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### Line Tangent to an Ellipse

```Date: 03/29/2003 at 18:21:40
From: Maya
Subject: A line tangent to an ellipse

Find the equation of the tangent to the ellipse x^2 + y^2 = 76 at each
of the given points. Write your answers in the form y = mx + b.

a. (8,2)
b. (-7,3)
c. (1,-5)

My main problem is finding the slope of the line, because since I
have one point on the line, I need either another point on the line,
or the slope of the line. I would also like to know how to find the
slope of the ellipse and how it relates to the slope of its tangent.
I tried to use the equation of the ellipse [x^2 + y^2 = 76] and
y = mx + b as a system of equations, but when I substituted the values
don't know how to find the slope of the line.
```

```
Date: 03/29/2003 at 20:00:45
From: Doctor Rob
Subject: Re: A line tangent to an ellipse

Thanks for writing to Ask Dr. Math, Maya.

There are two ways to find the slope of the tangent line at a point,
one using calculus, and one not. I'll show you the non-calculus
approach first.

Let the point on the ellipse be (x0,y0), and the tangent line with
slope m be

y = m*(x-x0) + y0.

The points in common between this line and the ellipse are the common
solutions of this equation and the equation of the ellipse,

x^2 + y^2 = 76.

Substitute for y from the first equation into the second,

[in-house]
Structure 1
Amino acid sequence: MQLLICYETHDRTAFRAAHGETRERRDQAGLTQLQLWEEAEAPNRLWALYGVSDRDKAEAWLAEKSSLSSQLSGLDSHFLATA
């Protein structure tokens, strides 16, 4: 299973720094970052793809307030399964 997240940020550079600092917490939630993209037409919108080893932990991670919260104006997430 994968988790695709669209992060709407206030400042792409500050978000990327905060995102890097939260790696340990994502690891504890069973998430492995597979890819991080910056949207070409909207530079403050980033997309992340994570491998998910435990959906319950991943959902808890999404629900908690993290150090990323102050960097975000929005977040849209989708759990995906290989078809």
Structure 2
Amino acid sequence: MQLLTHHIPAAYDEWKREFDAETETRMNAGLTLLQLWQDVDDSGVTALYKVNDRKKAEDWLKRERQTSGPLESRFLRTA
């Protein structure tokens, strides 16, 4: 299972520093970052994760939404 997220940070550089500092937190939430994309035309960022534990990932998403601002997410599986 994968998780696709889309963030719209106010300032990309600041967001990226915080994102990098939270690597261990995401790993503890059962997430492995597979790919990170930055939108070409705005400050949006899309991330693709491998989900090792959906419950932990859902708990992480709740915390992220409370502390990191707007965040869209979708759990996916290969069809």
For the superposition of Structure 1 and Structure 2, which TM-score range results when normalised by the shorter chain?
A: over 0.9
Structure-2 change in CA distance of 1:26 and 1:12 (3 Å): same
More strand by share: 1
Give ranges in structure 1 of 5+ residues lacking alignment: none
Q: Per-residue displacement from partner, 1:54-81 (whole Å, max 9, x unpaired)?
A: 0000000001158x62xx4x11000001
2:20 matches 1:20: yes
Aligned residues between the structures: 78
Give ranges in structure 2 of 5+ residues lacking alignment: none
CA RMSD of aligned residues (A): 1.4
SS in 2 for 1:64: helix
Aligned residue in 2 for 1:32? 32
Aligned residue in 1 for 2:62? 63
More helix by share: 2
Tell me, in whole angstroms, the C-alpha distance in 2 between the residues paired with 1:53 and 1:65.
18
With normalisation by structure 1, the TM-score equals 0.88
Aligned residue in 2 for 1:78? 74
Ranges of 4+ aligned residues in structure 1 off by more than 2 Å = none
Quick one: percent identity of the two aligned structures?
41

x^2 + [m*(x-x0) + y0]^2 = 76.

This is a quadratic equation in x. In general, this has two solutions
x, which are the x-coordinates of the two places where a line
intersects an ellipse. We know one of the roots, namely x = x0. That

(1+m^2)*x^2 + 2*m*(y0-m*x0)*x + (y0-m*x0)^2 - 76 = 0

must have x = x0 as one root, and the other root must also be x = x0.
Thus the left side must be identically equal to

(1+m^2)*(x-x0)^2.

That will allow you to solve for m in terms of x0 and y0.

To use calculus, take the equation of the ellipse and differentiate
implicitly with respect to x. Solve the resulting equation for dy/dx,
substitute x = x0 and y = y0, and you'll have the expression for the
slope of the tangent line at any point (x0,y0).

Feel free to write again if I can help further.

- Doctor Rob, The Math Forum
http://mathforum.org/dr.math/
```
Associated Topics:
College Calculus
College Conic Sections/Circles
High School Calculus
High School Conic Sections/Circles

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